When Bob’s not representing the Bluths, or simultaneously representing Tobias in his divorce case with Lindsay, he can usually be found working on his blog – the Bob Loblaw Law Blog. There was a lot of setting up in the series to finally make it to that joke, and by god, it paid off.

Steve Holt

"STEVE HOLT!"

Five: Steve Holt! (Justin Grant Wade.)

Steve Holt, commonly referred to by himself as Steve Holt! is Gob’s illegitimate son, though we don’t find this out until the second season. (Michael alludes to it, however, by remarking that Steve is “basically a young Gob.” He is also George Micheal’s

main rival for his cousin Maebe’s affections – a confusing triangle to begin with, made only more confusing when we learn that Gob is Steve’s father, thus making Maebe Steve’s cousin as well. Over enthusiastic, and prone to yelling inane words of encouragement (“there’s no ‘i’ in ‘win’!”) Steve desperately seeks a father figure to bond with – and unfortunately ends up with Gob, who is also seeking a father figure to bond with.

Oh, and he loves magic.

Four: Gene Parmesan. (Martin Mull.)

gene parmesanAnother ridiculous character who sadly only appeared for one episode was Gene Parmesan, Private Detective. Despite “being the best” (he was, in fact, “far from the best”) Gene is nevertheless hired by Lucille to help track down her husband. One of Gene’s many quirks, is to approach Lucille with information, in disguise, dramatically revealing himself to Lucille’s screams of delight – even if she’d already correctly guessed his true identity. It isn’t blatantly stated, but this may be the only reason she continues to employ his services.

Three: Oscar Bluth. (Jeffrey Tambor.)

oscar bluthGeorge Sr.’s identical twin, hippie brother, Oscar has lived on handouts his entire life, thus leaving him stress-free – and with a full head of hair that Lucille finds irresistible, and George finds maddening. It is also revealed that he is Buster’s biological father – though everybody, including the audience, figures that out long before the youngest Bluth does, thanks to Oscars constant, and blatantly obvious, hints. Oscar also works really well as a decoy for George, continuously getting jumped by police who mistake him for his fugitive brother. Since Lucille is cheating on George with Oscar throughout the series, George feels that it’s simply his right to abuse his brother for his own needs. Possibly Oscar’s greatest achievement, however, was penning a song for David Cassidy called “All You Need Are Smiles” – an act that had Joan Baez call him “the shallowest man in the world.”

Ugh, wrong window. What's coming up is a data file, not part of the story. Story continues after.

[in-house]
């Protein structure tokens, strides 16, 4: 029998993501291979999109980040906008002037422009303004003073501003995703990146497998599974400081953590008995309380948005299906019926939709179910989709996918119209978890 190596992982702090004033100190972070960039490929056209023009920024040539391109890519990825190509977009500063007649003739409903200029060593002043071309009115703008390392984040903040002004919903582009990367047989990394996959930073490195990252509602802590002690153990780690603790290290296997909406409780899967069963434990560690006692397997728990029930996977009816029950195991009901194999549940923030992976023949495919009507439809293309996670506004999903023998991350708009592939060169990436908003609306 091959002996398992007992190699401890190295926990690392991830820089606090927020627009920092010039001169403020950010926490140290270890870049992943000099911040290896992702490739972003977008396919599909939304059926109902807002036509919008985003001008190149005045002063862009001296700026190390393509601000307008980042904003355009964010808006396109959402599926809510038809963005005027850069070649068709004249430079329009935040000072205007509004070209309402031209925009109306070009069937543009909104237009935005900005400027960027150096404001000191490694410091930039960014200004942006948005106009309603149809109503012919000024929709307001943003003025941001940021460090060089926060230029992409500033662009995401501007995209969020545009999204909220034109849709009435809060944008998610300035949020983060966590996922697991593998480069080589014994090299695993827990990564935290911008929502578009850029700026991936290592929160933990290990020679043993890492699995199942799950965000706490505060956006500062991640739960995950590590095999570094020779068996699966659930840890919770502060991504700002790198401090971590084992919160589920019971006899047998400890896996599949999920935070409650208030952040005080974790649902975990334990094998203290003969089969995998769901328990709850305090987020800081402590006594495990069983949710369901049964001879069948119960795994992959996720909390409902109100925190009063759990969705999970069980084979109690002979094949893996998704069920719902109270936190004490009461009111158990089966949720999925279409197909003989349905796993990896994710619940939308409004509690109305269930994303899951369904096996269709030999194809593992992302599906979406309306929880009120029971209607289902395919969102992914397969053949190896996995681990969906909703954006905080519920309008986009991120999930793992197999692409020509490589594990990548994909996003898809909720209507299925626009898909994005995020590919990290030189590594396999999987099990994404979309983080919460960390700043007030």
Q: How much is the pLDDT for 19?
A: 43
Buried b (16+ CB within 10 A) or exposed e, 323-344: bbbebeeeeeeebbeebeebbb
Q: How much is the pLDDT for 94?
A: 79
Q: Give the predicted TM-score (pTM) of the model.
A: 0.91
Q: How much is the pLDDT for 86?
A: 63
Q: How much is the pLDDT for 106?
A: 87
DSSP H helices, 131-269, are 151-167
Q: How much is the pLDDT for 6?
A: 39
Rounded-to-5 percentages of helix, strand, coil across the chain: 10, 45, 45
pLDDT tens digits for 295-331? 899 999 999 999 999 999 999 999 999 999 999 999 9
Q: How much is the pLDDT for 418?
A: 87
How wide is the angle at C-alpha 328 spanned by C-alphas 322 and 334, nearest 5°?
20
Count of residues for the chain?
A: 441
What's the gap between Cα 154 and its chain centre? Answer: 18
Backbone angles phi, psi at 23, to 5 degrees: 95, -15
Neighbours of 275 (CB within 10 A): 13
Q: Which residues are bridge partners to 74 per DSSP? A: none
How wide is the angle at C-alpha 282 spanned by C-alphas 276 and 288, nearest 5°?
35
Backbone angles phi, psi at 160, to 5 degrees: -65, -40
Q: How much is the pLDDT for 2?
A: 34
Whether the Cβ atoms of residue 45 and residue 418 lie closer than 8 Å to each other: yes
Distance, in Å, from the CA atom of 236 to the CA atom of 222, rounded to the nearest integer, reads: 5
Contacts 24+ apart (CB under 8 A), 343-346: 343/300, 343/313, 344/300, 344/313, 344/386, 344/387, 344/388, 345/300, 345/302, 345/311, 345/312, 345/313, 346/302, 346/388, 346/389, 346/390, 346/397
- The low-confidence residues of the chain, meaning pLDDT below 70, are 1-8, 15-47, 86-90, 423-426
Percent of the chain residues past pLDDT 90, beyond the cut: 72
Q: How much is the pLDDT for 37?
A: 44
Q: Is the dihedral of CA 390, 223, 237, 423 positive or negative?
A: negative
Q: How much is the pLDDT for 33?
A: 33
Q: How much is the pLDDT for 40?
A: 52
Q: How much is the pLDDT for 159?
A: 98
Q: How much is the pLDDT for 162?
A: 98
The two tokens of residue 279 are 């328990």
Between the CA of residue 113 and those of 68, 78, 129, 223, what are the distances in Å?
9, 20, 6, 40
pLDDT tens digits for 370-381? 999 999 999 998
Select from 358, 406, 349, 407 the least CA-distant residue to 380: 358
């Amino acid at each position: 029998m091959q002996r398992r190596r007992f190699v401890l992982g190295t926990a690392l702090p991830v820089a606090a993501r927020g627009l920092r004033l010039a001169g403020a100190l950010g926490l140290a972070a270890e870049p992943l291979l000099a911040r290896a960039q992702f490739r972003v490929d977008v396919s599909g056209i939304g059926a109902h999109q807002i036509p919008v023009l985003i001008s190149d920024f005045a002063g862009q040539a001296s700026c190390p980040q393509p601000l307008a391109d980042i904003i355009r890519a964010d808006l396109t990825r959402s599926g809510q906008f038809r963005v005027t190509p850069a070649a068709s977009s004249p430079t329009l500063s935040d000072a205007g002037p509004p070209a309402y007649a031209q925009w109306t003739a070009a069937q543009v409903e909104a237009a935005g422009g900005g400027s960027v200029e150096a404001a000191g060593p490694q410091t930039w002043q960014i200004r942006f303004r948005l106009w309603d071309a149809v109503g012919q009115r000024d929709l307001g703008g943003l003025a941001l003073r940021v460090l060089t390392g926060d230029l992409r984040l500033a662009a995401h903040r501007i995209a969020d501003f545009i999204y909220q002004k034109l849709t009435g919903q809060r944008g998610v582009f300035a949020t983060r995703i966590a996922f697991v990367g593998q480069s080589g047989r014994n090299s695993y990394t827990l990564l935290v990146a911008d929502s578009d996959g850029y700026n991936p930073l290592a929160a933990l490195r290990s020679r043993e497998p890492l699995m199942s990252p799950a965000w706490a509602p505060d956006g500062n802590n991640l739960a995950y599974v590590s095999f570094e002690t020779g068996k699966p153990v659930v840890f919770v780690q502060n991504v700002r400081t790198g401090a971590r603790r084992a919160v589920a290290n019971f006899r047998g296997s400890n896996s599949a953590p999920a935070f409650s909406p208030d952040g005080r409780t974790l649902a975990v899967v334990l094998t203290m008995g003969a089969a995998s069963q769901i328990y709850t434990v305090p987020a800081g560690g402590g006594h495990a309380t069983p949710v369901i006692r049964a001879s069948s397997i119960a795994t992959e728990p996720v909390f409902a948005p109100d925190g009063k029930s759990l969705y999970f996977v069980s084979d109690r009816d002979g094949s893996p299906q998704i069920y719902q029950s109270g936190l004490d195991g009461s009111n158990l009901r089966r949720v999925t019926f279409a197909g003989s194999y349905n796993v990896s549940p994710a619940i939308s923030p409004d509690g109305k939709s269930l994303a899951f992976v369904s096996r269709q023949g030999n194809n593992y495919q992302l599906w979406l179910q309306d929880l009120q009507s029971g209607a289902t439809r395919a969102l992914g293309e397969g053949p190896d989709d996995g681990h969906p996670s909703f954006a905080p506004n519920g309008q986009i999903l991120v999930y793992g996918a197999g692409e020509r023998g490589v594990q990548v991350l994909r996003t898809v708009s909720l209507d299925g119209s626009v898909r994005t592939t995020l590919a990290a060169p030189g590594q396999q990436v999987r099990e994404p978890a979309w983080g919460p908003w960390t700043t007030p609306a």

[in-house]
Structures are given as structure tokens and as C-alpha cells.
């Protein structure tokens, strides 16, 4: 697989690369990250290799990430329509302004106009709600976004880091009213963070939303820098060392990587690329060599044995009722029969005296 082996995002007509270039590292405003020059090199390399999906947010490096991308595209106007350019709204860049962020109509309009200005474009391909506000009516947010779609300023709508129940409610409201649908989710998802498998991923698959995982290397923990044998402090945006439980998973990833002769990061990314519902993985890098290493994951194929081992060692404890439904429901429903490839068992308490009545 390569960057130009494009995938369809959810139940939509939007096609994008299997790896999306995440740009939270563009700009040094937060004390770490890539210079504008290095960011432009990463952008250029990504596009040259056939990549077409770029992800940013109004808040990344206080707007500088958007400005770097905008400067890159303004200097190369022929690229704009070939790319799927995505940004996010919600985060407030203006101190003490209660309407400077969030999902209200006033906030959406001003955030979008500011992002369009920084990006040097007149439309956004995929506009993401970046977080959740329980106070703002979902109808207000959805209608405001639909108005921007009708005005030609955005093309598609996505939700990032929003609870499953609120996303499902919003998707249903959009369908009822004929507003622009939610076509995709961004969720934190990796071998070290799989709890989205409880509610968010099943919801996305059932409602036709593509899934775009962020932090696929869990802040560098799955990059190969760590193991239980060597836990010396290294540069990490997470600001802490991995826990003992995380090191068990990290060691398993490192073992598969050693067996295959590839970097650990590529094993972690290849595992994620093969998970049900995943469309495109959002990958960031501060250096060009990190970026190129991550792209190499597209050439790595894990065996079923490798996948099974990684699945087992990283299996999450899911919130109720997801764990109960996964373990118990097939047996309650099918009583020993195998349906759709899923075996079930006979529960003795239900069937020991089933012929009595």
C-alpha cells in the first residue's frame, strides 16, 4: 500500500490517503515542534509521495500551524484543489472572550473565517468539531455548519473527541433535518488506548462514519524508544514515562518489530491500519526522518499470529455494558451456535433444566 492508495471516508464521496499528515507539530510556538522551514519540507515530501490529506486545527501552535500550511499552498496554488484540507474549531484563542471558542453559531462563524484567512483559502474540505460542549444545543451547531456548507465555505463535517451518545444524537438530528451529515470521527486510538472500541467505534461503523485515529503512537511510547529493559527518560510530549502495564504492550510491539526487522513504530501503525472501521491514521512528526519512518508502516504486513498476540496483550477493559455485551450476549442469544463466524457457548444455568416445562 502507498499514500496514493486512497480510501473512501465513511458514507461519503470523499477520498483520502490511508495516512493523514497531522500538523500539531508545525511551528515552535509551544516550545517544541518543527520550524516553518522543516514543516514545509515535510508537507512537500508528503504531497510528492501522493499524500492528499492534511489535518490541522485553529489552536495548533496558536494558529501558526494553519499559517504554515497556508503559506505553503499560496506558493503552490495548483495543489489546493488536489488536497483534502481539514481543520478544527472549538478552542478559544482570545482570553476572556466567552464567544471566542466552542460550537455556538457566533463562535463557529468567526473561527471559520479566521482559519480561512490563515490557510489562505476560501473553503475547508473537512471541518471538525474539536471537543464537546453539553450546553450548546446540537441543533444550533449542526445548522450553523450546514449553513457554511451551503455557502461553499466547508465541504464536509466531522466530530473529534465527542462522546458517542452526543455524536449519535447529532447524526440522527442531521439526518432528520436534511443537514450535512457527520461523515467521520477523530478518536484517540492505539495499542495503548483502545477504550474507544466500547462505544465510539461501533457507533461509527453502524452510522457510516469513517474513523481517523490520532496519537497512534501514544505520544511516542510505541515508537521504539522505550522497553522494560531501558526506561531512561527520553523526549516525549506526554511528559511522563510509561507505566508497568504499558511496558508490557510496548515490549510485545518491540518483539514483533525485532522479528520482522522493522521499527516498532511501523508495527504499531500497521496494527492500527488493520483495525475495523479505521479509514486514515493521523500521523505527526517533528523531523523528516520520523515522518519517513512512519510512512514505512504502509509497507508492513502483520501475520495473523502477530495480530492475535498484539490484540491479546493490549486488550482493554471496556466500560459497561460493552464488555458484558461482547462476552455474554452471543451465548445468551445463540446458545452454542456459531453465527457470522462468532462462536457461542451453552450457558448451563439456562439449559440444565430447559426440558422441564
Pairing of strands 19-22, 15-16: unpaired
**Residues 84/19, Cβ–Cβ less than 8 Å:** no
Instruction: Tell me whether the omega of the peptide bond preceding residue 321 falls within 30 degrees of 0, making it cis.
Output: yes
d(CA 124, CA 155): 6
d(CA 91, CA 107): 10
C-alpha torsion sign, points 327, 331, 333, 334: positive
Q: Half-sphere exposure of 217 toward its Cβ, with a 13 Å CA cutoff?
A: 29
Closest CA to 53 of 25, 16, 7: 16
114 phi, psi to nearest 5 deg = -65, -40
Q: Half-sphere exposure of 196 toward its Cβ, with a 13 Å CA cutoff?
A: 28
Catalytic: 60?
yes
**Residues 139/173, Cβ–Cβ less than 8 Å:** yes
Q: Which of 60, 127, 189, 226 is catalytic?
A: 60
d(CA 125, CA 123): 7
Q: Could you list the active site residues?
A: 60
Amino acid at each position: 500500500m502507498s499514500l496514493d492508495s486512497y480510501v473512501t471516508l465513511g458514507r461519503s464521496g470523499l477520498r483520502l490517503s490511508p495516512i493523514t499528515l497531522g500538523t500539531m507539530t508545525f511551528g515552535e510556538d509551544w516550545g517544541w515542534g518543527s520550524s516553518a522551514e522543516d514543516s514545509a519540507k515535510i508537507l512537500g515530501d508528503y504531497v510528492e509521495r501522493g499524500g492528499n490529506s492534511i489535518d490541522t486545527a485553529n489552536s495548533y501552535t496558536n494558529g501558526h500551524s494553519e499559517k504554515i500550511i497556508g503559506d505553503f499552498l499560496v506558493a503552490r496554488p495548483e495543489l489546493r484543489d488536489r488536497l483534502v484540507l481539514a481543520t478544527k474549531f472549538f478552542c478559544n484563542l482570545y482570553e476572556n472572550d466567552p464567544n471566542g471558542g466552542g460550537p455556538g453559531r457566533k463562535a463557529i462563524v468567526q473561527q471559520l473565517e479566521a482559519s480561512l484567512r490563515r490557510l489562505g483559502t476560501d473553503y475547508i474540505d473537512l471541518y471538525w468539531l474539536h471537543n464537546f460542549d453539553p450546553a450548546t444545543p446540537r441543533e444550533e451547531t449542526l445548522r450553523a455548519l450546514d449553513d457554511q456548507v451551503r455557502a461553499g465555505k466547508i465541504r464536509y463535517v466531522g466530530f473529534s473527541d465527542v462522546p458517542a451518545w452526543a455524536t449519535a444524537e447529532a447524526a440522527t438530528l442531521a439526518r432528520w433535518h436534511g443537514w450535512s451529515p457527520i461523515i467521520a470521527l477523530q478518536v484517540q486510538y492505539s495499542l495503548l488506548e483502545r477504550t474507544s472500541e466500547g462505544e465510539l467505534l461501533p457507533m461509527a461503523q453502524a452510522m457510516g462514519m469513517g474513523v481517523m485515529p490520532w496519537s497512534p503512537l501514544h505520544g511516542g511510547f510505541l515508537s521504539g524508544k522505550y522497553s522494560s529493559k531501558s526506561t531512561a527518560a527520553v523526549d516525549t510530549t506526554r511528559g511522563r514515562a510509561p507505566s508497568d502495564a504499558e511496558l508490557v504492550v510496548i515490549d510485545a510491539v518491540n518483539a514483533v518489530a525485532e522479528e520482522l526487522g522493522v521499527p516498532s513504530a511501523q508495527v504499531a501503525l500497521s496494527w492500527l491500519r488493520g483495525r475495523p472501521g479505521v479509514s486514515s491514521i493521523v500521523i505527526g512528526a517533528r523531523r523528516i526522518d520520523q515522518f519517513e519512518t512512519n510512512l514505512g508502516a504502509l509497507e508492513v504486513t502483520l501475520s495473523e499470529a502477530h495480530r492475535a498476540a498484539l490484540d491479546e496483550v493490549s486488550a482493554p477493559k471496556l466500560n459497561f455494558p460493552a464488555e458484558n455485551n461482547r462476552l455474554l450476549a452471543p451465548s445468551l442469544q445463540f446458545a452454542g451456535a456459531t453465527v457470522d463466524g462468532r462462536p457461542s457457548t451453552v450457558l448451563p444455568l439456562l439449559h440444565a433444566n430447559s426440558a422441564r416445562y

Two: Barry Zuckerkorn. (Henry Winkler.)

barry zuckercornBarry is the Bluths lawyer for much of the series, though it seems to be based more on loyalty than actualy skill or use. Common buzzwords used to describe Barry could be “inept”, “hopeless” and “creepy.” He seems to lack any real legal knowledge or talent, and has been known to approach cases without being “super prepared.” He is also fond of hanging out at rest stops, which, when mentioned on the show, is immediately followed by a shot of a very dark and sketchy rest stop facility. He appears to be fond of transvestites, and to some extent Michael Bluth, despite being outwardly homophobic. He is also known to microwave Ding Dongs with the wrapper still on them, although it is not clear how many times he has attempted this.

carl weathers

"You know, just two adults getting a stew on."

One: Carl Weathers. (Carl Weathers.)

Carl Weathers seems like a good sport. His appearance on the show not only spoofs struggling actors, but struggling actors such as Carl Weathers. His thriftiness is evident in his purposely getting bumped from flights – after he discovered that the airline pays passengers who were bumped $300 for the inconvenience. And Carl Weathers has no qualms about cashing in.

His main relationship on the show is with aspiring actor Tobias Funke. Tobias had attended a Carl Weathers fighting workshop some time ago, but Weathers had failed to show – he had been bumped from his flight and was collecting $300.

Weathers is also fond of stew; he has the ability (or the desperation) to combine any leftover food he discovers, and thus “get a stew goin'”. He’s also not opposed to attending dinner functions with strangers, as long as there is a cheap (or free) meal involved. Weather’s is hilarious in the role, assuming that he was in on the joke. And if he wasn’t, then it’s still pretty damn funny.

Albeit a little sad.

Well.

That about sums that up. Hopefully they can get this movie finally going at some point in the near future…the world needs the Bluths!

And more Carl Weathers!